3 of the Top Techniques for Drying Your Own Seeds

Without a doubt, you can buy seeds at the beginning of each planting season. But, if you are on your way to self-sufficiency, you need to learn about drying your own seeds at the end of each season. Unfortunately, seed drying can be fickle. Seeds are made up of a protective seed coat that keeps the initial leaves, roots and food for the newly germinated plant all safe inside.

However, if the seed coat gets too dry, it can crack and ruin the seed. If the seed coat remains too wet, it will develop mold. Either situation results in damage to seed viability. So, if you want to try to learn how to dry viable seeds for the next planting season, here are three techniques to try.

1. Open Air Drying

This technique is as classic because it is effective, yet simple. Better yet, it doesn’t require anything but a flat surface and the air. Just follow these steps:

  • If you are working with wet seeds such as cucumber or tomatoes, clean the slime off before drying.
  • Next, find a cool and dry place where you can lay the seeds out. Avoid placing wet seeds on items like paper towels, since they will be hard to remove later. Instead, choose a surface such as a fine mesh screen or wax paper. For dry seeds, you can also use a coffee filter if they are too small for a screen.
  • Leave in this area for 10 days before gently stirring with your fingers.
  • Let them for another two weeks before storing them.

2. Paper Bag Drying

Unfortunately, while good for storing seeds later, the paper bag method is not good for wet seeds. This drying method is more for flower seeds or other seeds like parsley that produce seed pods. This is the best way to catch the most seeds than the other two methods. Here’s how to get started:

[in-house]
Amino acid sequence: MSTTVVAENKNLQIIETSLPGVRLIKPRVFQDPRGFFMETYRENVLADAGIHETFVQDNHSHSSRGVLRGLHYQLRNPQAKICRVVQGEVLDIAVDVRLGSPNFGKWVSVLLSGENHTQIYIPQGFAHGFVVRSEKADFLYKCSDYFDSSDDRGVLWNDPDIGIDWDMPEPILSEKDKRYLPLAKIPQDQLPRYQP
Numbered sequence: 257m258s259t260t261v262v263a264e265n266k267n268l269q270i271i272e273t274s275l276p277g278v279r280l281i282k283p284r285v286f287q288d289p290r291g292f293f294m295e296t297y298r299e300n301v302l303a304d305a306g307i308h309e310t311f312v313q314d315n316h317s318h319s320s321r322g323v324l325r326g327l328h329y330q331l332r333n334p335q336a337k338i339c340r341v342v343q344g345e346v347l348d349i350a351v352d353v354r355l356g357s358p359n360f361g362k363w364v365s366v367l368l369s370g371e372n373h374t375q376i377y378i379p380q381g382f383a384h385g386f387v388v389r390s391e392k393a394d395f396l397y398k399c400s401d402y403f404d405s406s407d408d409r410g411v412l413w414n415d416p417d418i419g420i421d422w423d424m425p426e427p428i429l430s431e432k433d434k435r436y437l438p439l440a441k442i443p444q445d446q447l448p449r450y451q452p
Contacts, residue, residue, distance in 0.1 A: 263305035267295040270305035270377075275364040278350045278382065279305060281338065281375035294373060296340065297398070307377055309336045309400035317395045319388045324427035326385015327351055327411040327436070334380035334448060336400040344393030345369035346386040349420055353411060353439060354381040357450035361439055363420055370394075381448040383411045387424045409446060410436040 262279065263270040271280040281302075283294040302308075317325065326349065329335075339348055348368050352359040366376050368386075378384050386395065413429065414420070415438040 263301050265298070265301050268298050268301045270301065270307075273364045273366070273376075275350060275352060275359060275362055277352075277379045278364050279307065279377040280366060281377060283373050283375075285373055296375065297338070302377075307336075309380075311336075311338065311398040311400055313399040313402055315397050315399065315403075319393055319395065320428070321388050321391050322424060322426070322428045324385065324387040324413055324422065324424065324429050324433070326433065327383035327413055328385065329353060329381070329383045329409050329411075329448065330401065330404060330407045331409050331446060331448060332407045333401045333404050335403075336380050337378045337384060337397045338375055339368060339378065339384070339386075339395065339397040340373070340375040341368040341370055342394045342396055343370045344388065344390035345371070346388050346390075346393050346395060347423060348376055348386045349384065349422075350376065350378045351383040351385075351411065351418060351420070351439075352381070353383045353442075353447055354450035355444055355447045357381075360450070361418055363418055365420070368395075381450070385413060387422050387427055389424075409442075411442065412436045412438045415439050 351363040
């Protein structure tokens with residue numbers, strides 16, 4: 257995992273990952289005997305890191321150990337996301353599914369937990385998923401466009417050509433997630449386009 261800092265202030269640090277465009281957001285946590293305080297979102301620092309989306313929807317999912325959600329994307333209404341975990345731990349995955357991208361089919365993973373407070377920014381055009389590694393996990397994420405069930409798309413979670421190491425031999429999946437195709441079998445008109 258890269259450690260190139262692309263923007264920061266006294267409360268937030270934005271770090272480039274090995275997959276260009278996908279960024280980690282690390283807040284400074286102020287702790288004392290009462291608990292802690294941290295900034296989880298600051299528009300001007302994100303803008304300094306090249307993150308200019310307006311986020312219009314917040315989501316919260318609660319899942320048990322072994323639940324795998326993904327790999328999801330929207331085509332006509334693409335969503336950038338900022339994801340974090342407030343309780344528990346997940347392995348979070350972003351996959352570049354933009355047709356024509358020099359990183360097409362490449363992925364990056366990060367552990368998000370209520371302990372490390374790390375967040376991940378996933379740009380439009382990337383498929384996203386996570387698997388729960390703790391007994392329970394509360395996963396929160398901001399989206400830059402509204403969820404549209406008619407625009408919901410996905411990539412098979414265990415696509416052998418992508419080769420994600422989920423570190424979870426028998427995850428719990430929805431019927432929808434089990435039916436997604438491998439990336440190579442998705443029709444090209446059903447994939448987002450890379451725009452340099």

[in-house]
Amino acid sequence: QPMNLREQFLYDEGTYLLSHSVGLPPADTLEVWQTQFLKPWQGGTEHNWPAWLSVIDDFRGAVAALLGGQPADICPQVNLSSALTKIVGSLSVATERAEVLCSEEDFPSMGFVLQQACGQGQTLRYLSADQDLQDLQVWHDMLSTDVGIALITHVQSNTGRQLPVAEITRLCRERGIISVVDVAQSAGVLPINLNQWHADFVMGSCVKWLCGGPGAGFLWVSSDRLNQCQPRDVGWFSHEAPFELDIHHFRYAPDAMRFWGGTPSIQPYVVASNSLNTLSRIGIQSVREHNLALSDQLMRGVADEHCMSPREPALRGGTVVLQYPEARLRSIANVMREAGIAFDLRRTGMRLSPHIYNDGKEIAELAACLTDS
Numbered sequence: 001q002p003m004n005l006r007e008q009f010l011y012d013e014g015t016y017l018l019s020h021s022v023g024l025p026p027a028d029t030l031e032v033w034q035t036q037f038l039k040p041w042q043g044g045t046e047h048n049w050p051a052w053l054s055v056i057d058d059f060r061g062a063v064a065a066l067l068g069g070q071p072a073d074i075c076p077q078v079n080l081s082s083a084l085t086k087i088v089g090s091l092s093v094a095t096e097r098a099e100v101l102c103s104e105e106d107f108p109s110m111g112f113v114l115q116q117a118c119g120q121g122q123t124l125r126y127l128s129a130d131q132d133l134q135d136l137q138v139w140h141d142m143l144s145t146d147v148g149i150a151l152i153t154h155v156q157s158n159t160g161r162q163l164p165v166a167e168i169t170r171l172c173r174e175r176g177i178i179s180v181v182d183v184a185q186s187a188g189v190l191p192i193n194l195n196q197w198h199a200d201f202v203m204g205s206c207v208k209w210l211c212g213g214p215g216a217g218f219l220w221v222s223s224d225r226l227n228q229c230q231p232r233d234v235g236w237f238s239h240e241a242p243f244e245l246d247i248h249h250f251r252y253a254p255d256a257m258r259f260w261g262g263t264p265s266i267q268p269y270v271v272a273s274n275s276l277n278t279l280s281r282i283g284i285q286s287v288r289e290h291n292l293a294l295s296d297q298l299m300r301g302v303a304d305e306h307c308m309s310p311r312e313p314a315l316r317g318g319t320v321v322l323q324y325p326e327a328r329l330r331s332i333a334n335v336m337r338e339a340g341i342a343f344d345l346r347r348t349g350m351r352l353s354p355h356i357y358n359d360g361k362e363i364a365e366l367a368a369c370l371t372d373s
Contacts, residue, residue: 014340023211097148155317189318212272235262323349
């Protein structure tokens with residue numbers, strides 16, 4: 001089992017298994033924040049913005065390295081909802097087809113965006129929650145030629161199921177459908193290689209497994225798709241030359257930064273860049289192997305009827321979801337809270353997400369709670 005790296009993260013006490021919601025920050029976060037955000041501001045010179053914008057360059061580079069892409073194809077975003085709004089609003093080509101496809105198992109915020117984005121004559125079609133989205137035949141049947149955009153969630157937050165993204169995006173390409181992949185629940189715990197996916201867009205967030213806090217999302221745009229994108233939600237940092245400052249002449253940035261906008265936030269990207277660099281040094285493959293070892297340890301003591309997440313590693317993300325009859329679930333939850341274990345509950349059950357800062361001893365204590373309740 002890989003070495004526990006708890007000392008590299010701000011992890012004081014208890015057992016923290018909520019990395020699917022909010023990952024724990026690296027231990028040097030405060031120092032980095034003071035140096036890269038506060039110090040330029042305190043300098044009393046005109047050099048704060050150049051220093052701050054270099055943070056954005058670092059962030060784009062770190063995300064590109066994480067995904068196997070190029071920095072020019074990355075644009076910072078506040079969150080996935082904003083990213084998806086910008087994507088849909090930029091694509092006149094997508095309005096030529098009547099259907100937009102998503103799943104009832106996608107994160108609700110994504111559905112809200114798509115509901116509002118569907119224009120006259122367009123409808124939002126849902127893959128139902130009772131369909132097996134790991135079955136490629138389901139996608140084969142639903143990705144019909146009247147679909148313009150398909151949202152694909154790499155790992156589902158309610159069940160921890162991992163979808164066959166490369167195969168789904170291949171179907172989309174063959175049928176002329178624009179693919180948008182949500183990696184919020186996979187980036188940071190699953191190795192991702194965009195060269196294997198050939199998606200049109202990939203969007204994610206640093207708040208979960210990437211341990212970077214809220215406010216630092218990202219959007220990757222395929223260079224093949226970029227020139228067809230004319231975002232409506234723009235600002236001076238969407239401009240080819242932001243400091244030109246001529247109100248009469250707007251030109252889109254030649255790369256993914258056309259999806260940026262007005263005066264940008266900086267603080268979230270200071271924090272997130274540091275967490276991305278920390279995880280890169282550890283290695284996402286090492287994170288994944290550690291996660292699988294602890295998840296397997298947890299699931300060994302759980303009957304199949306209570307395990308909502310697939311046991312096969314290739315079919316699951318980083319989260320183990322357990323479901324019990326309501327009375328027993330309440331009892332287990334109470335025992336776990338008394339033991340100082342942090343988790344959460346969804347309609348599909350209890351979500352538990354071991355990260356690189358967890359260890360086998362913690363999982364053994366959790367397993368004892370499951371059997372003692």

• Place a flower or stem with a seed pod upside down in a paper bag and let the stem stick out into the air.
  • Allow the flower or plant inside to dry for two weeks in the bag.
  • Next, break the pod open to release the remaining seeds.
  • Leave the bag open and set the flower and seed pod aside for another two to three weeks of drying.

3. Silica Drying

This is a more modern method, but it results in the seeds drying faster. Just follow these steps:

  • Place silica at the bottom of a jar and put a screen on the top.
  • Lay the seeds on top of the screen and replace the lid on the jar.
  • The seeds will dry in seven to 10 days using this method.

These are the top three ways to dry seeds. Just choose the method that works best for you. Soon, you’ll have all the seeds you need for next season. Be sure to store seeds in a cool, dry place. Some people even host seed swapping parties so everyone has more varieties to grow. Have fun drying your own seeds this season. 

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